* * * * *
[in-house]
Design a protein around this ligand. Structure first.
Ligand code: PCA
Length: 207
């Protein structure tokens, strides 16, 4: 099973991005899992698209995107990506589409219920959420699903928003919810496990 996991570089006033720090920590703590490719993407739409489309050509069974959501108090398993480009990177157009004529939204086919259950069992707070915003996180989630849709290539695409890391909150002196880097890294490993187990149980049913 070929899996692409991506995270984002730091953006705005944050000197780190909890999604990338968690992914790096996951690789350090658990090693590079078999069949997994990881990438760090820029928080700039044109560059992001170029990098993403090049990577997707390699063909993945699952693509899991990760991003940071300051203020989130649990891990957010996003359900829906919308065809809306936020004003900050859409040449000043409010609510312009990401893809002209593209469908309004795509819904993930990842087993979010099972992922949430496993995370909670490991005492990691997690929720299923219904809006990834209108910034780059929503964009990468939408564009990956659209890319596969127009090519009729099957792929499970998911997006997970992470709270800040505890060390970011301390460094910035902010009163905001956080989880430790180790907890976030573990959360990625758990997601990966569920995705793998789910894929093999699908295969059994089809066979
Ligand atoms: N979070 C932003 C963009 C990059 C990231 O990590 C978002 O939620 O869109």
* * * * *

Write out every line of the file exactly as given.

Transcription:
[in-house]
Design a protein around this ligand. Structure first.
Ligand code: PCA
Length: 207
């Protein structure tokens, strides 16, 4: 099973991005899992698209995107990506589409219920959420699903928003919810496990 996991570089006033720090920590703590490719993407739409489309050509069974959501108090398993480009990177157009004529939204086919259950069992707070915003996180989630849709290539695409890391909150002196880097890294490993187990149980049913 070929899996692409991506995270984002730091953006705005944050000197780190909890999604990338968690992914790096996951690789350090658990090693590079078999069949997994990881990438760090820029928080700039044109560059992001170029990098993403090049990577997707390699063909993945699952693509899991990760991003940071300051203020989130649990891990957010996003359900829906919308065809809306936020004003900050859409040449000043409010609510312009990401893809002209593209469908309004795509819904993930990842087993979010099972992922949430496993995370909670490991005492990691997690929720299923219904809006990834209108910034780059929503964009990468939408564009990956659209890319596969127009090519009729099957792929499970998911997006997970992470709270800040505890060390970011301390460094910035902010009163905001956080989880430790180790907890976030573990959360990625758990997601990966569920995705793998789910894929093999699908295969059994089809066979
Ligand atoms: N979070 C932003 C963009 C990059 C990231 O990590 C978002 O939620 O869109």